Yet now, 40 years later, the fear long gone, I found myself smiling at the brochure. Like I had serendipitously wandered into an old friend from long ago, and had no idea how much I’d missed them.
The following Tuesday after work, I made my way down to San Pascual Stables exactly a mile from work and a mile from home. Here I was—10 minutes from Los Angeles and it might as well have been blue grass Kentucky with its white rail fences and vintage red barns. Jette, the no-nonsense Danish barn manager, filled me in on the barn. Caroline and David, a Belgian brother-sister training team who grew up showing jumpers on a farm outside of Brussels, ran the program. While they were duly impressive and even trained the top pony jumpers at Pony Finals several years in a row, they were also completely down-to-earth. There was no tolerance for mean girls or privileged behavior ever. Their barn wasn’t filled with crystal chandeliers, but it was clean and safe and quite clearly a very happy place.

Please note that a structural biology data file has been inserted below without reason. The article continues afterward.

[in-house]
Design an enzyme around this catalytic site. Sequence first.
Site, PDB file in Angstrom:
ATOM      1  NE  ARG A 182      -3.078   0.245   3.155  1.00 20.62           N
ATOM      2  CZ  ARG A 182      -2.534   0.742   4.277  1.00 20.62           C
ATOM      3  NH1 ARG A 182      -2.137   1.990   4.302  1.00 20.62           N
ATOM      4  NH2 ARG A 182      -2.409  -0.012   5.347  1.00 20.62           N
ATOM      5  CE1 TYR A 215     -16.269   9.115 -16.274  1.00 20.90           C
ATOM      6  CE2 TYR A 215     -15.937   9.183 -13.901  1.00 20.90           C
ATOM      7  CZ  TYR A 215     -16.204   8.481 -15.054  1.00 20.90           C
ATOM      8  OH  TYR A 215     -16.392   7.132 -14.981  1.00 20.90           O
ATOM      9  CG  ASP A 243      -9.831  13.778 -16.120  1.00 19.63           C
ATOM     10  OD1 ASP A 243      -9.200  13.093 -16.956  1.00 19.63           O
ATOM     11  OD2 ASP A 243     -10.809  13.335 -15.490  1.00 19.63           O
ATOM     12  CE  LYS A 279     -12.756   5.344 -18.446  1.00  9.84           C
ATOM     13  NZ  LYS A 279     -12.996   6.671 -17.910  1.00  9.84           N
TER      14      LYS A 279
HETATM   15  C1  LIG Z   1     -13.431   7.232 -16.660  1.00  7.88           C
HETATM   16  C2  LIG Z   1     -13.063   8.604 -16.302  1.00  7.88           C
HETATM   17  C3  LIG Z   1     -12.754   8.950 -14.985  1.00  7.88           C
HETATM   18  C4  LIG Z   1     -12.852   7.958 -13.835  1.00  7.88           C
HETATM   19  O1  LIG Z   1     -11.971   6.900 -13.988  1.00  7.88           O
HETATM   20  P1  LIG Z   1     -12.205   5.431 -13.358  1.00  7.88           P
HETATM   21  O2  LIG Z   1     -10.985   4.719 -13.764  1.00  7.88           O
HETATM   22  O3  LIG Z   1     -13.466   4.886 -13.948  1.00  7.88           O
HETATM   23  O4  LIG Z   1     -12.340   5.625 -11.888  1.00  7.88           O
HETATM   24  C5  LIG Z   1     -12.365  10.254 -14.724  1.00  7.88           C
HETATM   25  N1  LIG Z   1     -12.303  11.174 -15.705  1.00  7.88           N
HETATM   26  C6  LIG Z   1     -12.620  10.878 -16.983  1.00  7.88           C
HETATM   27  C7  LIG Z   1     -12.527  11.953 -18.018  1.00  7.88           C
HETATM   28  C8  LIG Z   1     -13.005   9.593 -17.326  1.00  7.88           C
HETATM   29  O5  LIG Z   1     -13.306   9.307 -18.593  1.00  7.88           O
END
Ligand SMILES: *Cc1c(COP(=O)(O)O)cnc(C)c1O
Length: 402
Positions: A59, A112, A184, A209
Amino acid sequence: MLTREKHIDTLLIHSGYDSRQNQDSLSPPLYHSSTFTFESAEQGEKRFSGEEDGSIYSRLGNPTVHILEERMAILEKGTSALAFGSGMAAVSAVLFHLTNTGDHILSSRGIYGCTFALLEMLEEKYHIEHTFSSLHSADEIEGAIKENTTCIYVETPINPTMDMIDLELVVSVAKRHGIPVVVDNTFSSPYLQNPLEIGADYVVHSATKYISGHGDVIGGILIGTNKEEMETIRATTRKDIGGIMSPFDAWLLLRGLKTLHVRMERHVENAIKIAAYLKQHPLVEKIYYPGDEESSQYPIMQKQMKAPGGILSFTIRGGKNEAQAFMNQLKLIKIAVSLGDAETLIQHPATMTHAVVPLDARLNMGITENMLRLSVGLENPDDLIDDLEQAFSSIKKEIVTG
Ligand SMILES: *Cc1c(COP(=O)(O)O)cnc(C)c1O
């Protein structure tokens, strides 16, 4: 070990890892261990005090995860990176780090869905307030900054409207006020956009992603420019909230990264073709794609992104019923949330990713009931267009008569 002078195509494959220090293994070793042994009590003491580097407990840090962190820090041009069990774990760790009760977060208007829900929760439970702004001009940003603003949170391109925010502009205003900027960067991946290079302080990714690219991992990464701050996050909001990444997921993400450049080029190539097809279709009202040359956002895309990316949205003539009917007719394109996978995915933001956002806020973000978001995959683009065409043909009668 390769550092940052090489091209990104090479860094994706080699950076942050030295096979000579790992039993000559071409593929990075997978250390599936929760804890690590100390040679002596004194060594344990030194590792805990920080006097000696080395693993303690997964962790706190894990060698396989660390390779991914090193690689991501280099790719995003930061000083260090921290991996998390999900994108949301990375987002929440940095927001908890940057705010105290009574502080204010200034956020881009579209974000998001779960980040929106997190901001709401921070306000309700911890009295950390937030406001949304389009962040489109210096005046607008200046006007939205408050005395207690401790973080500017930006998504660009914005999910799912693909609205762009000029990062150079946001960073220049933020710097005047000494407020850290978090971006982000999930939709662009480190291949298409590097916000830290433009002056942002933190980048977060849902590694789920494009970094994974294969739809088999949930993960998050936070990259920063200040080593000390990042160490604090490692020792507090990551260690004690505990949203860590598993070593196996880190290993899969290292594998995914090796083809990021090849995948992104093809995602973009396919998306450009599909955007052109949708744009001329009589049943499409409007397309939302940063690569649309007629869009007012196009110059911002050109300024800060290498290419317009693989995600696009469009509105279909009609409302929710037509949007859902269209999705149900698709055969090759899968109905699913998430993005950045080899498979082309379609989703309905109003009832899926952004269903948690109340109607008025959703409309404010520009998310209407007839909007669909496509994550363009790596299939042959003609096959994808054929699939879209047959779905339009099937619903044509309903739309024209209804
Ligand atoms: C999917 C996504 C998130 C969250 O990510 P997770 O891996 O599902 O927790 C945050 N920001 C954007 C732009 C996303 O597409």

The majority of riders were girls between seven and sixteen. Even my new instructor was a kid. Barely 26, Sarah was a sweet girl and a badass rider. Freckled and leggy with auburn hair dyed shades of pink this week, she was responsible beyond her years and could also ride anything, the designated “fixer.” If a horse misbehaved in her class, she would throw on a helmet, grab a crop, and climb aboard. Sarah was an old soul and did not differentiate between the ages of her students. I immediately lost all self-consciousness about my age even though I was decades older than the oldest riders.
I started with one lesson a week, and went through every old school horse in the old barn: Griffin, Riley, Vern, and Flash. Who named these poor souls? I was surprised how little English equitation had changed in 40 years. Heels down! Eyes Up! Sit back! Even riding attire hadn’t changed much. By my second lesson I had made a trip to the nearest tack shop and bought a helmet, paddock boots and half chaps and a pair of tan breeches. I felt like my husband when I take him shopping every ten years, and he gasps at the price of jeans. My trip to the saddlery cost me a small fortune but I was sure I would amortize the cost if I just rode one season.